While there is increasing momentum behind the notion that the tools of transitional justice should be marshaled in response to large-scale human rights atrocities and physical violence — including murder, rape, torture, disappearances, and other crimes against humanity—the proper role of transitional justice with respect to economic violence — including violations of economic and social rights, corruption, and plunder of natural resources — is far less certain. Historically, if mass atrocities and physical violence have been placed in the transitional justice spotlight, issues of equally devastating economic and social justice have received little attention. The marginalization of the economic within the transitional justice agenda serves to distort our understanding of conflict, and the policies thought to be necessary in the wake of conflict. This article argues that a more nuanced, contextualized, and balanced approach to a wider range of justice issues faced by societies in transition is necessary. To this end, this article proposes that one way to achieve a more balanced approach would be to re-conceptualize and reorient the “transition” of transitional justice not simply as a transition to democracy and the “rule of law,” the paradigm under which the field originated, but as part of a broader transition to “positive peace” in which justice for both physical violence and economic violence receive equal pride of place.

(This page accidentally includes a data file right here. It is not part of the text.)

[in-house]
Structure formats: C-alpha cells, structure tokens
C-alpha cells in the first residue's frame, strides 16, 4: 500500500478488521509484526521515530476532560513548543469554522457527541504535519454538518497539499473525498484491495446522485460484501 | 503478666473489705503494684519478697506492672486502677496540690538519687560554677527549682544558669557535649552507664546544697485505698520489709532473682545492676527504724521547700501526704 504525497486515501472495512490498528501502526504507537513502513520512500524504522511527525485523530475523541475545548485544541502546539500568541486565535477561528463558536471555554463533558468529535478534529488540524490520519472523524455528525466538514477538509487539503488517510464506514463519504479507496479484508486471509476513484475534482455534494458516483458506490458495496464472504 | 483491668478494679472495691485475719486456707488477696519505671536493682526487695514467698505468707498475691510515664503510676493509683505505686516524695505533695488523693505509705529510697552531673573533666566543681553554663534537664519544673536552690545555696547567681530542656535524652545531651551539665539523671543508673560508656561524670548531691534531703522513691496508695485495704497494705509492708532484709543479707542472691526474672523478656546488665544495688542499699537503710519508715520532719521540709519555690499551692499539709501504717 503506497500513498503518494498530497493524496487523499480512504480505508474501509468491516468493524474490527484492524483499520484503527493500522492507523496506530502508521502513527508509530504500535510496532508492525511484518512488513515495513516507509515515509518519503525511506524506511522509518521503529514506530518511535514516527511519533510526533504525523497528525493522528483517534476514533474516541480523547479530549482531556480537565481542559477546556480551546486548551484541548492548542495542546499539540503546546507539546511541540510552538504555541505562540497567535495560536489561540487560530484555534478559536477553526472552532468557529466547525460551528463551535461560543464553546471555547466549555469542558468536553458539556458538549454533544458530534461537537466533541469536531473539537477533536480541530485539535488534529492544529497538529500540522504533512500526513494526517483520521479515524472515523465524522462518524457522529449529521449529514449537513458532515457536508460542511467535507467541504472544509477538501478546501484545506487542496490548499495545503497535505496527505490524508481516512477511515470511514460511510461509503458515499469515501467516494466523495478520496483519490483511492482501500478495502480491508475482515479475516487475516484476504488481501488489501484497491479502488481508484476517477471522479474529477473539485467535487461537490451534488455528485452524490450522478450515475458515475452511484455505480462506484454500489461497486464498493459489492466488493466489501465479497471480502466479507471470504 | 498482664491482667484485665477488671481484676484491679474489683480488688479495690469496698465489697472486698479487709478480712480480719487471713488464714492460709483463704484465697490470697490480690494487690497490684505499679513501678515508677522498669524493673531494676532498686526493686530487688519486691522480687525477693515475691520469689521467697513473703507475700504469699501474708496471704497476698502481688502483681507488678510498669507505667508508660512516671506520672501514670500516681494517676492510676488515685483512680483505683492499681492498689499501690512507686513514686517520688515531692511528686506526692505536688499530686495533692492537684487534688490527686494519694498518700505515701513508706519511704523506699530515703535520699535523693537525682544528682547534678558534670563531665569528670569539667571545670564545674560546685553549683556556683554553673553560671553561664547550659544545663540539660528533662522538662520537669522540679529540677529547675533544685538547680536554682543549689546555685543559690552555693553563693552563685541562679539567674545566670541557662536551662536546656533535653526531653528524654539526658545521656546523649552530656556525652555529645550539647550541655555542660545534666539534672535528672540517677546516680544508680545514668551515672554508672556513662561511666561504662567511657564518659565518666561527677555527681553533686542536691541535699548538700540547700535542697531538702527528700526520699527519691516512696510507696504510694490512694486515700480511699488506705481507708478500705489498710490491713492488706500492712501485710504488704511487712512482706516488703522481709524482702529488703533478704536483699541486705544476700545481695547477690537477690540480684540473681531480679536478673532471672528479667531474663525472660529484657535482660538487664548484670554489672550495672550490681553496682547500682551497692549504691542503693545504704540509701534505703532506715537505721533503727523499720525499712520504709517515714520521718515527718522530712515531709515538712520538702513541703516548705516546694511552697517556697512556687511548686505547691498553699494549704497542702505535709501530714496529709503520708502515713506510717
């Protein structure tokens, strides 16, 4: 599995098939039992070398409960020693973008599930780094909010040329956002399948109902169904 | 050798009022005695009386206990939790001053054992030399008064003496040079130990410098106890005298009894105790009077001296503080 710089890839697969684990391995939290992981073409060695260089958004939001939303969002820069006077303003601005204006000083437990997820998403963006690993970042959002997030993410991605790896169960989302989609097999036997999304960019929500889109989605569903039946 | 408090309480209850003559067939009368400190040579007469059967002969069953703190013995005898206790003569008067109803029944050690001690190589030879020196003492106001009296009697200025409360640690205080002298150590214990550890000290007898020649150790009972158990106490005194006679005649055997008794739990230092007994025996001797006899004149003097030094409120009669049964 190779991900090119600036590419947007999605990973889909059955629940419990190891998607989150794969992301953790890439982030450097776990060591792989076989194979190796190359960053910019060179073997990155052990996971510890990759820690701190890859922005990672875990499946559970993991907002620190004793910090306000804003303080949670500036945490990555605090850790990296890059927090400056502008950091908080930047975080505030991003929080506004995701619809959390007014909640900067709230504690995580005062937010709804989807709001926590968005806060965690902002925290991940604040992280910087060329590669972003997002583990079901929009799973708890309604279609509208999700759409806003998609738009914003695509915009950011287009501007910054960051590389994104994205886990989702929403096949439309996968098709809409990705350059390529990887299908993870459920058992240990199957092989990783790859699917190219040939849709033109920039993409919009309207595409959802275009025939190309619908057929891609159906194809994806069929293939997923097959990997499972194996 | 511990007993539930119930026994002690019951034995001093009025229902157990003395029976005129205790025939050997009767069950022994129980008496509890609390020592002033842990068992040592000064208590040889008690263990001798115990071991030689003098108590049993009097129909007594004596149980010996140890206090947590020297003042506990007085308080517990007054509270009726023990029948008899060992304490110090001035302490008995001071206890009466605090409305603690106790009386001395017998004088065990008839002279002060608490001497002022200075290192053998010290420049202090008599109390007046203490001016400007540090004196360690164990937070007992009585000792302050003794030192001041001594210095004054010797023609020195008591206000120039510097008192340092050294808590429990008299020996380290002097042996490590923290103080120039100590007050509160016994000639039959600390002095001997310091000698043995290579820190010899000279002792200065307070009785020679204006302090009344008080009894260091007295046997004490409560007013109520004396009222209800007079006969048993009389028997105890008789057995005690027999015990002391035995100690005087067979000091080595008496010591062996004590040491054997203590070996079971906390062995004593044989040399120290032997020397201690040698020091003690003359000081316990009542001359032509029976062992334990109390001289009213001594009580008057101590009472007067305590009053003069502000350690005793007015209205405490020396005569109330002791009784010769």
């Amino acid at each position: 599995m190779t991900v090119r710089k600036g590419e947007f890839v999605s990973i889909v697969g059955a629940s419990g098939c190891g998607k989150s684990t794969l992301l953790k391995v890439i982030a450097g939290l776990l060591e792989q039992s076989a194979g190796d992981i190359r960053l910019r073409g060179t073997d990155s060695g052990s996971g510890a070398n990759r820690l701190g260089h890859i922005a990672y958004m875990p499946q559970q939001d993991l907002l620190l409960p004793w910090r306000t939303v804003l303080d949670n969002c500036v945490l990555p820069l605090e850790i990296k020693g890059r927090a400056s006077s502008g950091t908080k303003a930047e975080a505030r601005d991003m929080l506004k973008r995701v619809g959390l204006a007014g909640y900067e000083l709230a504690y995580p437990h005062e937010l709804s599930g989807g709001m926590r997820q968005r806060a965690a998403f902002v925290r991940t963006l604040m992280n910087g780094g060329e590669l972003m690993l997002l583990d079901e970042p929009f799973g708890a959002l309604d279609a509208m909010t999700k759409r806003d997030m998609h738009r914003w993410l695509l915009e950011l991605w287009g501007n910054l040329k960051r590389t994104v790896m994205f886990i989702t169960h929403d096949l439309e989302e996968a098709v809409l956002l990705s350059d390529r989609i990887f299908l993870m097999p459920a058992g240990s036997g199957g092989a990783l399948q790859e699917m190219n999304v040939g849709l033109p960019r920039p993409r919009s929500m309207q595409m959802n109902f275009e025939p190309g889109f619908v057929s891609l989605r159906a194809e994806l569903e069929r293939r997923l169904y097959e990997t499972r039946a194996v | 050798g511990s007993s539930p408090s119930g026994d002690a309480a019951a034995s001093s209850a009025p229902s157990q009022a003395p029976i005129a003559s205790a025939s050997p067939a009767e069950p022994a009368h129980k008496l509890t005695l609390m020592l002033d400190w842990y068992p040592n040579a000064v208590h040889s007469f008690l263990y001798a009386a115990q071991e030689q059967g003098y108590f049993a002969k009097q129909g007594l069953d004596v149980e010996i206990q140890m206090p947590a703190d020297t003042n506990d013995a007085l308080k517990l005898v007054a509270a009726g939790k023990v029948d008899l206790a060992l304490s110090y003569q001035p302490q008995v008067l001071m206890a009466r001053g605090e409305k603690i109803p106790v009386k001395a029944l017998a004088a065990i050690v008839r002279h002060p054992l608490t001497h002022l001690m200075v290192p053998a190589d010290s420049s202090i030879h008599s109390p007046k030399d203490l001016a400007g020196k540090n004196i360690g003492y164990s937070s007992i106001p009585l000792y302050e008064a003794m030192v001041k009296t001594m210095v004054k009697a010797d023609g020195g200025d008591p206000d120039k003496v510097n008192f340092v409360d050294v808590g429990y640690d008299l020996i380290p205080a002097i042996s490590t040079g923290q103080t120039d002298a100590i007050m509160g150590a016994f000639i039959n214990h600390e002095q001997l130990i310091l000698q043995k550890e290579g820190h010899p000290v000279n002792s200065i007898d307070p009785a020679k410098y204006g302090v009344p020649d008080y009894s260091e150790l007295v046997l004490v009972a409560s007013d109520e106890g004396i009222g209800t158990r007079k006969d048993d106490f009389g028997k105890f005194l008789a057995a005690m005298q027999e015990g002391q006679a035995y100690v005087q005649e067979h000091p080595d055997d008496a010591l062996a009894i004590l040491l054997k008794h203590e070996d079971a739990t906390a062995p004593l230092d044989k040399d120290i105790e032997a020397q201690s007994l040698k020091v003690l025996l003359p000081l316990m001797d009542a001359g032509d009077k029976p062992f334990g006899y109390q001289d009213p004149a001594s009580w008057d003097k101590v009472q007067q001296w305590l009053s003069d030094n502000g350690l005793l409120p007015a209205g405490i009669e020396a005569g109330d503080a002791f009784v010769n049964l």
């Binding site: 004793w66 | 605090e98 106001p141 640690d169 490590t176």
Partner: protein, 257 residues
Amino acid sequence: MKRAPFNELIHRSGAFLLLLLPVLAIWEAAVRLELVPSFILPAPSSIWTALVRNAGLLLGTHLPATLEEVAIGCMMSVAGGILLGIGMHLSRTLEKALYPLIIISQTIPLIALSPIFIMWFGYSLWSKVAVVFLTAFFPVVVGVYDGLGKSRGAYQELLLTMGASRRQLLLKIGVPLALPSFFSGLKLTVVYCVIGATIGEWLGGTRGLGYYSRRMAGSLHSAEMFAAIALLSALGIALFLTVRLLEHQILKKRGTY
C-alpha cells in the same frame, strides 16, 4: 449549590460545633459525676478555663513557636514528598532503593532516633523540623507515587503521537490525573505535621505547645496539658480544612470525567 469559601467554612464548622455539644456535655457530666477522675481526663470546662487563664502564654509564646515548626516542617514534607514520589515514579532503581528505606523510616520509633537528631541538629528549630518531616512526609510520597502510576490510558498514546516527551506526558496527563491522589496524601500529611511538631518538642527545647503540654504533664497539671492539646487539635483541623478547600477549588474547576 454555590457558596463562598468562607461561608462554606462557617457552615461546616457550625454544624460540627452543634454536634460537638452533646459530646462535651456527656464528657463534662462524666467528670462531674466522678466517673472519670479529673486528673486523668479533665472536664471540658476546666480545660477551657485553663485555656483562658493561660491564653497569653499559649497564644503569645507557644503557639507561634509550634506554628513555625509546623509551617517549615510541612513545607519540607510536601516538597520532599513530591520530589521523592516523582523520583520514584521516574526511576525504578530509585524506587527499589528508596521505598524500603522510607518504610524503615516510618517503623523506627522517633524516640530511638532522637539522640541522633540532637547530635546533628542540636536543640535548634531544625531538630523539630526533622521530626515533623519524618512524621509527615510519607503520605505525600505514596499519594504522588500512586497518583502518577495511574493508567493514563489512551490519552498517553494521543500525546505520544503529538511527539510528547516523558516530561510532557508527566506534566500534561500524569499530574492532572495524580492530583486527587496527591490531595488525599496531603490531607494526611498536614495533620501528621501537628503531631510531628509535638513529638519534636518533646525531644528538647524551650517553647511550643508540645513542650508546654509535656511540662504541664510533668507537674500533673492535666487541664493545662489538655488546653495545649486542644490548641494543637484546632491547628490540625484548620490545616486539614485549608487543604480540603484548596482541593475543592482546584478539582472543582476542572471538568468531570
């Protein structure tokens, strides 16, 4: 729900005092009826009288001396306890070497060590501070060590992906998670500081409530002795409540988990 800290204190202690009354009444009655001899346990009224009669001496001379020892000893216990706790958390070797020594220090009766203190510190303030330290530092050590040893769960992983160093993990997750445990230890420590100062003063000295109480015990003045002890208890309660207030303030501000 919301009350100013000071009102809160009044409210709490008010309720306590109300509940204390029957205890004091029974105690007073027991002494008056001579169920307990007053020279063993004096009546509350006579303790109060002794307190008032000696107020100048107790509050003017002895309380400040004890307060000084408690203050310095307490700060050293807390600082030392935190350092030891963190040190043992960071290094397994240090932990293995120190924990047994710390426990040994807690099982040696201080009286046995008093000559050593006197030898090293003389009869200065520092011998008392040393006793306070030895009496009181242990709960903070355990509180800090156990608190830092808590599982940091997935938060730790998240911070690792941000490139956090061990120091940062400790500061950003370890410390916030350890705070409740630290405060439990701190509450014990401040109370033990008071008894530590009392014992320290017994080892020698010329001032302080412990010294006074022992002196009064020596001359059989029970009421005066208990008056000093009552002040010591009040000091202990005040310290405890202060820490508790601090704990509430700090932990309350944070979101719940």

Friday, March 30, 2012
Sharp: Addressing Economic Violence in Times of Transition: Toward a Positive-Peace Paradigm for Transitional Justice
Dustin N. Sharp (Univ. of San Diego - Peace Studies) has posted Addressing Economic Violence in Times of Transition: Toward a Positive-Peace Paradigm for Transitional Justice (Fordham International Law Journal, Vol. 35, p. 780, 2012). Here's the abstract: